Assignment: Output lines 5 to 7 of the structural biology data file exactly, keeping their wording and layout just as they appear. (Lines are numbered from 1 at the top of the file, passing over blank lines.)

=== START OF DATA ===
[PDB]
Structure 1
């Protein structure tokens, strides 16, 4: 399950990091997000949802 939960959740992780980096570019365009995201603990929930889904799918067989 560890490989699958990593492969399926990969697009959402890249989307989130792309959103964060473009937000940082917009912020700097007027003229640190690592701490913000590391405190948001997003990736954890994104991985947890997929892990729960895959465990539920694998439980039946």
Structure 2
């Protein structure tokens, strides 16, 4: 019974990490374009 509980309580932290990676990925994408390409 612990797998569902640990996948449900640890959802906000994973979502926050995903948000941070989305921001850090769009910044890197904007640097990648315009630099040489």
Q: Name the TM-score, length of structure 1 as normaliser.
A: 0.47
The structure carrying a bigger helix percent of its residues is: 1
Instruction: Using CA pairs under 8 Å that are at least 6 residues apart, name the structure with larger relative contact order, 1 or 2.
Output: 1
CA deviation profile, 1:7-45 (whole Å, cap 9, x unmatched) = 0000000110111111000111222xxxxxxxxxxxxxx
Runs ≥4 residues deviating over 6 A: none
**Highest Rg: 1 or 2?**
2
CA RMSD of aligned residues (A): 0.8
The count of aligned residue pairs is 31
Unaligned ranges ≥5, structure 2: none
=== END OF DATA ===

């Protein structure tokens, strides 16, 4: 019974990490374009 509980309580932290990676990925994408390409 612990797998569902640990996948449900640890959802906000994973979502926050995903948000941070989305921001850090769009910044890197904007640097990648315009630099040489």
Q: Name the TM-score, length of structure 1 as normaliser.
A: 0.47